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Archive for March 2nd, 2021

https://youtu.be/gE9QIkhQrto

🤣🤣🤣🤣😄😄 I just had to share this…makes me want to dance around my room 💃💃💃 if I had that much energy on Camino, I’d also be happy.

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And so to stage 2…

I reached stage 2 while I was in Deal for my Covid-19 innoculation and the weather wasn’t much better by all accounts, although they had blue skies, whereas mine was grey

Walking in Deal

Leaving Hillary Bridge behind at 9,514ft (2,900m) it was time for the next gripping ascent. Travelling uphill on single-lane switchbacks demanded patience, slowly shuffling along putting one step in front of the other, often needing to pull aside to let the steady stream of traffic pass me by. Mules, trekkers, porters and yaks were a common sight, breaking my already slow momentum. As I was gaining elevation, I could feel the change in the air, a shortness of breath, clearly indicating the change in altitude. I’d say more garlic soup was on the horizon.

Two hours later I arrived in Namche Bazaar, the largest village in the region. Namche was located on a plateau, rising up the hillside at 11,285ft (3,440m). On either side of the village were the 19,800ft+ (6,000m+) peaks of Kongde Ri to the west and Thamserku to the east.

From single-storey to triple-storey buildings, a plethora of teahouses and lodges are readily available to service visitors and trekkers. Anyone who was up for a pint of Guinness or a shot of Jameson or Teeling Irish whiskey would find it in the centre of town at the remotest Irish Pub in the world.

Namche is a trading centre, altitude acclimatization stop, gateway to the upper Himalayan region and the final stop to purchase any gear needed for the upcoming trek to Everest.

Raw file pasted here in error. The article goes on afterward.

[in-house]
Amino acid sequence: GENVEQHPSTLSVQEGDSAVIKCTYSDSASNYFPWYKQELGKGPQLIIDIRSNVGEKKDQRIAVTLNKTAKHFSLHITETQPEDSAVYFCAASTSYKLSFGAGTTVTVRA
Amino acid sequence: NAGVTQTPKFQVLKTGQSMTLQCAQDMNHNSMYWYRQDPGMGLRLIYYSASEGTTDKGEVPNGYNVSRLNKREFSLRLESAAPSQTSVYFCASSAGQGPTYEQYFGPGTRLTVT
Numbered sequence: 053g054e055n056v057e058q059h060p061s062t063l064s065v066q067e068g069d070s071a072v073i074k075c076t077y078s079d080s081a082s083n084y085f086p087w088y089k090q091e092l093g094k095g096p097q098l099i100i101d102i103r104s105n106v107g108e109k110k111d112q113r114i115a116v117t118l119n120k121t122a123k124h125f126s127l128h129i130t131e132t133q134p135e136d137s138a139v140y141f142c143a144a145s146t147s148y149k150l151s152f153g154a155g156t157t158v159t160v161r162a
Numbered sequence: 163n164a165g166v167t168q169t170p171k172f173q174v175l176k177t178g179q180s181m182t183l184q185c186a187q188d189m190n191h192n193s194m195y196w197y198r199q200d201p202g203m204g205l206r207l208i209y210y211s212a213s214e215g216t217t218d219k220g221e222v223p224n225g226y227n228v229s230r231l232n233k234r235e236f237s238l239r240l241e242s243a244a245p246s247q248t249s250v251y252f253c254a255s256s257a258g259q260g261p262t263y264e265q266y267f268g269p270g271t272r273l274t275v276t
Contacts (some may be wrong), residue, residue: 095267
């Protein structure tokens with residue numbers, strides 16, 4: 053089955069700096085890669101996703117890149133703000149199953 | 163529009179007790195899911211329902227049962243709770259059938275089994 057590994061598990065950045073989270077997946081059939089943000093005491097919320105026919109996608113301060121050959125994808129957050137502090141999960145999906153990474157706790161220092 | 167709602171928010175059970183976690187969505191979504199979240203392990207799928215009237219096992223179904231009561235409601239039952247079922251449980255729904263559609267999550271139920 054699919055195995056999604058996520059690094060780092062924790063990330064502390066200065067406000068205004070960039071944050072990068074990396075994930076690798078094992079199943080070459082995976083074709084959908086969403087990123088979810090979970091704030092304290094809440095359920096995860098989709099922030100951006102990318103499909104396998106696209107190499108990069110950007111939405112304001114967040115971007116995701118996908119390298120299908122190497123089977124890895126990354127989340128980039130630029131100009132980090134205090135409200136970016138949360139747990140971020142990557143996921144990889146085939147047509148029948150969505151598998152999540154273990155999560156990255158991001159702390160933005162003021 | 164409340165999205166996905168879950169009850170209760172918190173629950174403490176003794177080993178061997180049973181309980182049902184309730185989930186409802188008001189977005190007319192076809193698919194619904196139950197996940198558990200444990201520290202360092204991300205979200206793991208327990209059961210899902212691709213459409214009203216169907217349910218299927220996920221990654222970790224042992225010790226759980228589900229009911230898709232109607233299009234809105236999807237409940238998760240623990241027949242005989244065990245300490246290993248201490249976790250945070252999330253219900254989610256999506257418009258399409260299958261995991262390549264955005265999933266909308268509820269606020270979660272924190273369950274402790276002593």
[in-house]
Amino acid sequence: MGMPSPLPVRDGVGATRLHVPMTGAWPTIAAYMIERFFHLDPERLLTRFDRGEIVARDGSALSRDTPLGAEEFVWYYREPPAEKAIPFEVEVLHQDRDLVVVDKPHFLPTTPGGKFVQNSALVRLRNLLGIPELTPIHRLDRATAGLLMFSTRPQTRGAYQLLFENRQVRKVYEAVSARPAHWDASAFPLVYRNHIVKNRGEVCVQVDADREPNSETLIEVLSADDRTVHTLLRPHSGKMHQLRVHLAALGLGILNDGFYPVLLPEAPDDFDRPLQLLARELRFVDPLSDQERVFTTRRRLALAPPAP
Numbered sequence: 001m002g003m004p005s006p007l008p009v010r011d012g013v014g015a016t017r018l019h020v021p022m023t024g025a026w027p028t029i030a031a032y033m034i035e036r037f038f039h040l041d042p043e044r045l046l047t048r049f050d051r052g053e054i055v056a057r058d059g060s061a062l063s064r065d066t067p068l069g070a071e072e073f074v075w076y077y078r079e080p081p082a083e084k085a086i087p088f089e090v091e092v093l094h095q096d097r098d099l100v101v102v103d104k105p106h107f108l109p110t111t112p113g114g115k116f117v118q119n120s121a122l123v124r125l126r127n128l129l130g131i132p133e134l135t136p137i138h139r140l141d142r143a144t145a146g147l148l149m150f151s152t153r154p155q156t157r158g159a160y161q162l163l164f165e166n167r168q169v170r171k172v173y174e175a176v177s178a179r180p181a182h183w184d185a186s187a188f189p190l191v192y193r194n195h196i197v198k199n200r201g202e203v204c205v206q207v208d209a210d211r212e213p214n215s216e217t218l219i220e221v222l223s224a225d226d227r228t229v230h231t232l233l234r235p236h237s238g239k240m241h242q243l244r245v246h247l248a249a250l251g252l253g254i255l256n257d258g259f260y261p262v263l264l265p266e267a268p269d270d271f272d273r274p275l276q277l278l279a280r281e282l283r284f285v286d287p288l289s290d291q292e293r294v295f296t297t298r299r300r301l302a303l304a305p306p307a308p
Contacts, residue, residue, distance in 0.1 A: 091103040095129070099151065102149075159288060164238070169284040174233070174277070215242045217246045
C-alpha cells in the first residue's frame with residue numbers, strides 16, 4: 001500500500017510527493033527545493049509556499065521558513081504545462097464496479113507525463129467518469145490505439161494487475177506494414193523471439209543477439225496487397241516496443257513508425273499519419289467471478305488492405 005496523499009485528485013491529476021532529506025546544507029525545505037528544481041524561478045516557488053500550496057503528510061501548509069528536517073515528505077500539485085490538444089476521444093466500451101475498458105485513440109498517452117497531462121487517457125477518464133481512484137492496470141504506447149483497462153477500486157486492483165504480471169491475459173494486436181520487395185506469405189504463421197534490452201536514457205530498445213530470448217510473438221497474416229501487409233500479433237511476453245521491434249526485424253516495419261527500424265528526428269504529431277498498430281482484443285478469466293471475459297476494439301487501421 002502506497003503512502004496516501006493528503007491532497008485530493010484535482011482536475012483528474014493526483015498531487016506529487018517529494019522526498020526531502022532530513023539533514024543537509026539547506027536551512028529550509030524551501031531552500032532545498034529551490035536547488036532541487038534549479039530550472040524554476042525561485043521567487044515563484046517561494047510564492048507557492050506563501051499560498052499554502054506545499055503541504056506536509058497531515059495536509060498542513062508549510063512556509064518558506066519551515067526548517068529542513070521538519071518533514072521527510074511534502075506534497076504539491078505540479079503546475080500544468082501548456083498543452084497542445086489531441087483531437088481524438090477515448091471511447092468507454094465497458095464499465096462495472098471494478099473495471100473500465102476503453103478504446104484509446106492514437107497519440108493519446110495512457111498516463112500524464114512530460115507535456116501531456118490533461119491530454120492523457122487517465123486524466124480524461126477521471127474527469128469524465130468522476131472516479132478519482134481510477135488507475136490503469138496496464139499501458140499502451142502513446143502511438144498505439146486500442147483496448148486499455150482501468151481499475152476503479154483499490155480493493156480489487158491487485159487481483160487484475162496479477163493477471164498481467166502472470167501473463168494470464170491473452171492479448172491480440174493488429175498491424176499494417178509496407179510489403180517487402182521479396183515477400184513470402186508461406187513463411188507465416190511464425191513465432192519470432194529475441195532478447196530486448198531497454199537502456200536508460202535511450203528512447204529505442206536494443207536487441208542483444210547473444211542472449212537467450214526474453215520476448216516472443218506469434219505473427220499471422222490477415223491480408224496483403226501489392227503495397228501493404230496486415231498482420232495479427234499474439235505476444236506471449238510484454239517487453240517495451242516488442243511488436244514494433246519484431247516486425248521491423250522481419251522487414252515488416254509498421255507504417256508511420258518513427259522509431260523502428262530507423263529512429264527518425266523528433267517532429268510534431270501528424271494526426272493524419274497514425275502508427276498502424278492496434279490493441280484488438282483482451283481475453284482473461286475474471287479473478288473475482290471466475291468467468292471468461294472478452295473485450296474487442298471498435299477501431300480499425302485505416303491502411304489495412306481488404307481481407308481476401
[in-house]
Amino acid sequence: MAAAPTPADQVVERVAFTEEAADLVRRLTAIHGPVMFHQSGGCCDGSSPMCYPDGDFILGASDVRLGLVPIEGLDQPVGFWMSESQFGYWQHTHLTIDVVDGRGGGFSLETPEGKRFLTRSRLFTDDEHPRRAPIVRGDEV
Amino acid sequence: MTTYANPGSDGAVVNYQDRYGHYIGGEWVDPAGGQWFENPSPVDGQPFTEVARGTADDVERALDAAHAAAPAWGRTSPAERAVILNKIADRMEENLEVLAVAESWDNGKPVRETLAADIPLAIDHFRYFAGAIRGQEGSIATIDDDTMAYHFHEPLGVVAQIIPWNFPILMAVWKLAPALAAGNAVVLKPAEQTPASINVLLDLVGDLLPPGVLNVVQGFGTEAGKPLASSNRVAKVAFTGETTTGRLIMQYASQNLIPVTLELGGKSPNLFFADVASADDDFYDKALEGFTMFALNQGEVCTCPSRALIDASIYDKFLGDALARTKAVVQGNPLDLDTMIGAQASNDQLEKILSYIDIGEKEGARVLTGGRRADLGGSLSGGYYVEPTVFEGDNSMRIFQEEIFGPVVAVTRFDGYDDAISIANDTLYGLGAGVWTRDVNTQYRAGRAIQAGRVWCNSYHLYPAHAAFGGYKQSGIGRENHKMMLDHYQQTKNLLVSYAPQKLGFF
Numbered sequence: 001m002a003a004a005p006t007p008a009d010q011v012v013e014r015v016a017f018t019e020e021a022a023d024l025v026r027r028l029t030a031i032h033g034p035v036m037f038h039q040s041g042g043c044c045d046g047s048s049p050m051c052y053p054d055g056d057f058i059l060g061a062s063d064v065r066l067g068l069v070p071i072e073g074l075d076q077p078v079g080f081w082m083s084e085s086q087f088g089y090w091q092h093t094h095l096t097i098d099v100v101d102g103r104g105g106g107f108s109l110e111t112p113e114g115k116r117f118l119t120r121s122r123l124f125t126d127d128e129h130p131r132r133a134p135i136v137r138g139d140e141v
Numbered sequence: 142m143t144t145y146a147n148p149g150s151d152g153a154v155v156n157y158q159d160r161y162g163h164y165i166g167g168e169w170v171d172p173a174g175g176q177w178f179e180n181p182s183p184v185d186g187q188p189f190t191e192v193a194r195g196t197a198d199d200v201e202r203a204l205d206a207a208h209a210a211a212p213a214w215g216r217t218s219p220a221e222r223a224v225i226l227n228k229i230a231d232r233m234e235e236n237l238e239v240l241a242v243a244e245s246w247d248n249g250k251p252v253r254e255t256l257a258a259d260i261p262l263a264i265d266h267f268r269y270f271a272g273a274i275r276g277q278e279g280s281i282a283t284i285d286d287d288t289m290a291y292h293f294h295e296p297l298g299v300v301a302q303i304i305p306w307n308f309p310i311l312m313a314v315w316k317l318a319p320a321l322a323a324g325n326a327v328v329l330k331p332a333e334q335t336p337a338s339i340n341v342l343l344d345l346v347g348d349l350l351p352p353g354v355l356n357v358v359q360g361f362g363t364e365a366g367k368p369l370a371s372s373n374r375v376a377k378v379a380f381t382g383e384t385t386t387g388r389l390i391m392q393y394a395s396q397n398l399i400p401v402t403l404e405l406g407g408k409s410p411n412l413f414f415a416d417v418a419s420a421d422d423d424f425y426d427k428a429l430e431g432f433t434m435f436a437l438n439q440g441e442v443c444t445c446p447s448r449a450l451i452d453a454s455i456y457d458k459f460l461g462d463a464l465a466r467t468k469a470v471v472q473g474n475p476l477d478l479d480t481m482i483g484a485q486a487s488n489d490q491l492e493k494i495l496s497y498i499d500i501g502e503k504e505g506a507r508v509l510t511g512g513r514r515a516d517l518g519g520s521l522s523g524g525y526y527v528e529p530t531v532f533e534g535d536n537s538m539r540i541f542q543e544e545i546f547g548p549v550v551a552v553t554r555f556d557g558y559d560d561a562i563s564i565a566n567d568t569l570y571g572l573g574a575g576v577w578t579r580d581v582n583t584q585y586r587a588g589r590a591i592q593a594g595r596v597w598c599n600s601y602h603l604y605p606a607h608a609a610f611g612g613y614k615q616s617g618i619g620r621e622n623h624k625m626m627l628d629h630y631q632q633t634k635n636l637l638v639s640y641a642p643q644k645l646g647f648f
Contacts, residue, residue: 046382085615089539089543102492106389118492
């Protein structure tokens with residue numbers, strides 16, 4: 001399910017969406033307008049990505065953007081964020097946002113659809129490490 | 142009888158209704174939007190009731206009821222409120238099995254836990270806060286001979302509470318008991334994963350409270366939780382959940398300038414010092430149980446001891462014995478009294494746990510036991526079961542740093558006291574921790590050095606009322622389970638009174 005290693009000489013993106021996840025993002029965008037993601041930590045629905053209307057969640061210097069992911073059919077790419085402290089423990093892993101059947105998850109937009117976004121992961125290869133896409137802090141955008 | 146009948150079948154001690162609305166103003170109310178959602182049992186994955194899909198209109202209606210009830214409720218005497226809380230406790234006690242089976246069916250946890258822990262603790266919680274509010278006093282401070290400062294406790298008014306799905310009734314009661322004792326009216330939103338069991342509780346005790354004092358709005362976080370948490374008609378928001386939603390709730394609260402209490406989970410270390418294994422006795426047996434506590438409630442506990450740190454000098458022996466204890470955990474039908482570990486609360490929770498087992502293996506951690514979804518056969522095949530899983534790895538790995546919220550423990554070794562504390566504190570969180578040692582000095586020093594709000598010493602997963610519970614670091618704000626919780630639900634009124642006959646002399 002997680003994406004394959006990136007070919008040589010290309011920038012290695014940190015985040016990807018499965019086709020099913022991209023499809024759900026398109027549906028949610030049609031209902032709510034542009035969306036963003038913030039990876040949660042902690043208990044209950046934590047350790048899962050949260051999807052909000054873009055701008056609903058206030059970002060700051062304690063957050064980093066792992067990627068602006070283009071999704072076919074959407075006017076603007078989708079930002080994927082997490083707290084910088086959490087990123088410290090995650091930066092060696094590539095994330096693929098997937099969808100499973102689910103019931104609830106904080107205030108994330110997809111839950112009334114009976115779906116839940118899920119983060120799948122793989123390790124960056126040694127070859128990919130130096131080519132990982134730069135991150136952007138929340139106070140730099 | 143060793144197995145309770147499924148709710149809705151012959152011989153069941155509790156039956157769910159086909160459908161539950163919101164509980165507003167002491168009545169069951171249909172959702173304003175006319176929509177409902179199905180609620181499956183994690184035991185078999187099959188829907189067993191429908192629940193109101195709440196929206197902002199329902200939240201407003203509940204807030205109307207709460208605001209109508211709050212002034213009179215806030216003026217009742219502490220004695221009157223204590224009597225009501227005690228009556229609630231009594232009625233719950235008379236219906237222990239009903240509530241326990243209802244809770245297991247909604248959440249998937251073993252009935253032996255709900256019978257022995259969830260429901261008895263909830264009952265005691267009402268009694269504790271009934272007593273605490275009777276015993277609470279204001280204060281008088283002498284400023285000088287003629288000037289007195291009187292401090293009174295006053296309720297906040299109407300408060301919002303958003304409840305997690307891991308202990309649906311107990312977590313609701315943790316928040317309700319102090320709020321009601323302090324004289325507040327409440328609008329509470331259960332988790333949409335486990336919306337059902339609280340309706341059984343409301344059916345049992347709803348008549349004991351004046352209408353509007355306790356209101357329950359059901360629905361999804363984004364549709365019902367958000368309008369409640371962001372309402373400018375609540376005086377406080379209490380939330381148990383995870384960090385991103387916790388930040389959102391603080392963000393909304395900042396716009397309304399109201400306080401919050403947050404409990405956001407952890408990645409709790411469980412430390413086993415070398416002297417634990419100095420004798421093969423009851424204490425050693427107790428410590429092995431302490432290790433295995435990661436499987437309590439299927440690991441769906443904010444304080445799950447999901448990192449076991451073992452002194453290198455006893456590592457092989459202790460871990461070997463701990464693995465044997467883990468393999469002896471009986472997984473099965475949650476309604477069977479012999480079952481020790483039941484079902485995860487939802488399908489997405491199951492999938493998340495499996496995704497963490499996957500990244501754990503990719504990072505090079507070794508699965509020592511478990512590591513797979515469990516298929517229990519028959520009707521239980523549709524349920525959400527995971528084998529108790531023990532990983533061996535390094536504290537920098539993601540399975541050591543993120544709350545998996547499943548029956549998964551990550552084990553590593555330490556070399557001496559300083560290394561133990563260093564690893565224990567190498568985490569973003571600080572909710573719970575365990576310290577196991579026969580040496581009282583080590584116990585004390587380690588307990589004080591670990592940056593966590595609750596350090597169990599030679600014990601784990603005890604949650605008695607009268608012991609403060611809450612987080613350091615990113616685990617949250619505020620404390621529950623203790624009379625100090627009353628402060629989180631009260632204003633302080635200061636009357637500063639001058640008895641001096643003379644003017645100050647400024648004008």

Resting here overnight and taking the time to acclimatize, I stopped at a teahouse to enjoy the national dish of Dal Bhat Tarkari, a lentil soup with steamed rice, accompanied by seasonal vegetables and curried meat. It is a staple meal of the Sherpa people eaten once or twice a day as a perfect combination of protein and carbs for their physical workouts at high altitude.

Just slightly out of town up a hill is the Sagarmatha National Park Museum with a statue of Tenzing Norgay on the grounds. A worthy visit not just for the museum but also the amazing views of the surrounding peaks.

I spent a full day acclimatising with a nearby hike to Khumjung at an ascent of about 2,000ft (600m). Khumjung is a village known for the Edmund Hillary School which when built in 1961 only had one classroom but today teaches children up to grade 10. Then onto Khumjung Monastery to check-out the mysterious yeti scalp. The yeti is steeped in Himalayan folklore as a large monster which in western culture is known as the Abominable Snowman.

Before descending back to Namche, I grabbed a pastry and hot drink from the closest bakery and whilst standing outside absorbing the mountainous vista I watched the Sherpa women harvest the potato fields, a staple crop and one of the few that can be grown at such high altitude.

One more night of rest in Namche. The long, slow, steady climb awaits.

Crikey, reading all that makes me glad I’m not really there 🤪🤪🤪 even though it would be quite cool to visit the remotest Irish Pub in the world 🍀🥳💚💚

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